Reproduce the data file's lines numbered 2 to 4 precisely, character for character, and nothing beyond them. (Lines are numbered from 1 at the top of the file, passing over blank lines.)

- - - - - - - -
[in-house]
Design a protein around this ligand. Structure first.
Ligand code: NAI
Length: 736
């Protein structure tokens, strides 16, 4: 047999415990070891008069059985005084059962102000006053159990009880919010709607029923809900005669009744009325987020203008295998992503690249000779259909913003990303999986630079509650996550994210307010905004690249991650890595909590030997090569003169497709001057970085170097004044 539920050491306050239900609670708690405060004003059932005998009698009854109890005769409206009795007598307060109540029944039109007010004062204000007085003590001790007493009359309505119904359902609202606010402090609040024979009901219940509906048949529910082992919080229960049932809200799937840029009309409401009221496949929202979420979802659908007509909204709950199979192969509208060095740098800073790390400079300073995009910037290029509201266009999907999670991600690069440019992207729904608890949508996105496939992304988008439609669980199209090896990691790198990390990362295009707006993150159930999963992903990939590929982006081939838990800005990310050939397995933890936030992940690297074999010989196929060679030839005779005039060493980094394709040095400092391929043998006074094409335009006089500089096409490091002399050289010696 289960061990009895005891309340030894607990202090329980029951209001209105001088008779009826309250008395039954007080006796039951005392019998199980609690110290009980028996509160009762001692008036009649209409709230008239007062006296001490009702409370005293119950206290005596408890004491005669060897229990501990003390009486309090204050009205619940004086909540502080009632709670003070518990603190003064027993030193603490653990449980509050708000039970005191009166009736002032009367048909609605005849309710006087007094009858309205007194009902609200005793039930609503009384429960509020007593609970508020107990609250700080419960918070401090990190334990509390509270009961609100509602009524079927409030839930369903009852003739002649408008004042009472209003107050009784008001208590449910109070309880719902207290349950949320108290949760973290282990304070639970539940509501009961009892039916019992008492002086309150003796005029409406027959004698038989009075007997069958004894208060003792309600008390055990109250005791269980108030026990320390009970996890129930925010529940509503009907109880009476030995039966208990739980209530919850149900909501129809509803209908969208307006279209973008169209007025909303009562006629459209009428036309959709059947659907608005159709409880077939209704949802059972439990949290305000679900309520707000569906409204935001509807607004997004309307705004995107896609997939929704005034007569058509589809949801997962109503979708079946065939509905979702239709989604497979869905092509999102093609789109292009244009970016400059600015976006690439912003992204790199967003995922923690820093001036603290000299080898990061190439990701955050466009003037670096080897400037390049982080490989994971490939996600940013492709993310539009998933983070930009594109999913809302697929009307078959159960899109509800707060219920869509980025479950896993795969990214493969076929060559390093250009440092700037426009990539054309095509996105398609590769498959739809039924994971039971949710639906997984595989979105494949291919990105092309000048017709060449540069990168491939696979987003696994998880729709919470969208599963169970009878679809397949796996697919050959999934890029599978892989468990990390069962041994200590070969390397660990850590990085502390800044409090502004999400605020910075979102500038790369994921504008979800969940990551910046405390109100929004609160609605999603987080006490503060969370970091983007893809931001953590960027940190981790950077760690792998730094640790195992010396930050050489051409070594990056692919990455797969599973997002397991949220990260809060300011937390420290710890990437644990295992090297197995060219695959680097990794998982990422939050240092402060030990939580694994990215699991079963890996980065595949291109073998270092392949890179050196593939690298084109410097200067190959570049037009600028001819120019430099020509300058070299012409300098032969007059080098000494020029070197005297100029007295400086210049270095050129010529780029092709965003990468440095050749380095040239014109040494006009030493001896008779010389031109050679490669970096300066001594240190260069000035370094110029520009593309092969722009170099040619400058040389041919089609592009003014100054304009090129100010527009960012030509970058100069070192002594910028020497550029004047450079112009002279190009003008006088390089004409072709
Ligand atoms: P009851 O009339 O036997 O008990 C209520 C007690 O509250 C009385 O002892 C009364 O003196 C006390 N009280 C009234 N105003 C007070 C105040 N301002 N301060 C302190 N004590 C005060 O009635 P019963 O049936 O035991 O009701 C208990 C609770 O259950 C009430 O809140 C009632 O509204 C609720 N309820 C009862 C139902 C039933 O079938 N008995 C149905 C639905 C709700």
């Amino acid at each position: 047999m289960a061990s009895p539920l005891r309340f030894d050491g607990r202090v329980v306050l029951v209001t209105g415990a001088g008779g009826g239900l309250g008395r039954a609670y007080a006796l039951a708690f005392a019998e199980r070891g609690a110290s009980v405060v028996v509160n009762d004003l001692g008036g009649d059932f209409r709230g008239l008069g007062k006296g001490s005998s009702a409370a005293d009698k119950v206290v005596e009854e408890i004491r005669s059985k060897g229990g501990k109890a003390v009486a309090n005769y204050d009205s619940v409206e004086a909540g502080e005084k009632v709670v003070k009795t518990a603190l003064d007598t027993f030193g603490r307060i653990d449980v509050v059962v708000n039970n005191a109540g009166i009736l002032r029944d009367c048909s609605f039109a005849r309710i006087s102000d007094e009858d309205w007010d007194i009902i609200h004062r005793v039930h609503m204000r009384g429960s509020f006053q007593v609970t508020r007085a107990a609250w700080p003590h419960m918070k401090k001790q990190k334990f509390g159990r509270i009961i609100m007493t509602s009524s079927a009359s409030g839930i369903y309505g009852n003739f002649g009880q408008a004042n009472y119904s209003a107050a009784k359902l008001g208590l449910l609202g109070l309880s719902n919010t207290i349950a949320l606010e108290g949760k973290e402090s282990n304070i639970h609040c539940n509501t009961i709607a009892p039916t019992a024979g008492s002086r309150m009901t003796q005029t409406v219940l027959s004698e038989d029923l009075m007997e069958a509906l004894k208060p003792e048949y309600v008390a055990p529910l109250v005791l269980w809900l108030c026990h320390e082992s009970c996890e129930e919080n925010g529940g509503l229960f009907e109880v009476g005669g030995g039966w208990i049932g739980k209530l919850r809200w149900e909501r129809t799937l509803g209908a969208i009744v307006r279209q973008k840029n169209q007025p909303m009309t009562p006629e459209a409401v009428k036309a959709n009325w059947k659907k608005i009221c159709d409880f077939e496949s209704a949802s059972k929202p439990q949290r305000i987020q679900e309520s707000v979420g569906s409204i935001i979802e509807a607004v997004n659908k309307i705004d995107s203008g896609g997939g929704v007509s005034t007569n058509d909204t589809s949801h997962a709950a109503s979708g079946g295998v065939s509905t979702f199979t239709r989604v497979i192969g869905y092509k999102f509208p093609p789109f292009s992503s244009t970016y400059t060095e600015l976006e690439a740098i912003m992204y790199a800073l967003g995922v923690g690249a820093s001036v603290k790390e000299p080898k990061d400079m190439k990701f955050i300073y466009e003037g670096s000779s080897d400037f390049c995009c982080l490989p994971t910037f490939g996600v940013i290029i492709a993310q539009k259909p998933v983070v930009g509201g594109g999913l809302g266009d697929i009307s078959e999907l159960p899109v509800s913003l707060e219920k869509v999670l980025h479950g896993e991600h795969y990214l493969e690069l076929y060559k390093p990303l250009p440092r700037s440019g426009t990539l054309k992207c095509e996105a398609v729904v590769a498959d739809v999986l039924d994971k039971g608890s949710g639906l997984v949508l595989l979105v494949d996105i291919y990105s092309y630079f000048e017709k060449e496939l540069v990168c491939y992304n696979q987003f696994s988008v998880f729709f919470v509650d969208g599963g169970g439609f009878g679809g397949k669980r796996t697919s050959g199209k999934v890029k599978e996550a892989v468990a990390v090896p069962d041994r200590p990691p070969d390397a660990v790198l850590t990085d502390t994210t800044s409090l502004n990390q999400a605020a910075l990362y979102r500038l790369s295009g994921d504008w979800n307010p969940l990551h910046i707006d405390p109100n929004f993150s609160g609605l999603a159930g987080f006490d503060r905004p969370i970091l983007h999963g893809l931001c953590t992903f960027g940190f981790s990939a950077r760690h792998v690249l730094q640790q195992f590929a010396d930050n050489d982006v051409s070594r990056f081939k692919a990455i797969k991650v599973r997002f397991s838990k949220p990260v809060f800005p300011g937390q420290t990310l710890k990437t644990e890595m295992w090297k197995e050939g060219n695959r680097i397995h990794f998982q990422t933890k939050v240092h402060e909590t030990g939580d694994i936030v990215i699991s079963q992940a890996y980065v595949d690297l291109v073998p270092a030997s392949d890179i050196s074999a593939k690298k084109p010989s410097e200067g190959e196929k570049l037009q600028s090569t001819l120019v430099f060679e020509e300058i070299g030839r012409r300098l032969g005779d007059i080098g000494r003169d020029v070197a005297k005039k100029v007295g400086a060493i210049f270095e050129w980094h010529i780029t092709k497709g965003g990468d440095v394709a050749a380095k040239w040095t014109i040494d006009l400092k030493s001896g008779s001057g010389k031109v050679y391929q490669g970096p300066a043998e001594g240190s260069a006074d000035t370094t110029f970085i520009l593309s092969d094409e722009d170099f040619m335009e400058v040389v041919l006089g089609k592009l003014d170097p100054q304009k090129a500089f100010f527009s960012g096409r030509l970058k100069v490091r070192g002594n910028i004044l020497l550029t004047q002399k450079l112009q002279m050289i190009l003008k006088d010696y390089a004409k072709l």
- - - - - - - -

Design a protein around this ligand. Structure first.
Ligand code: NAI
Length: 736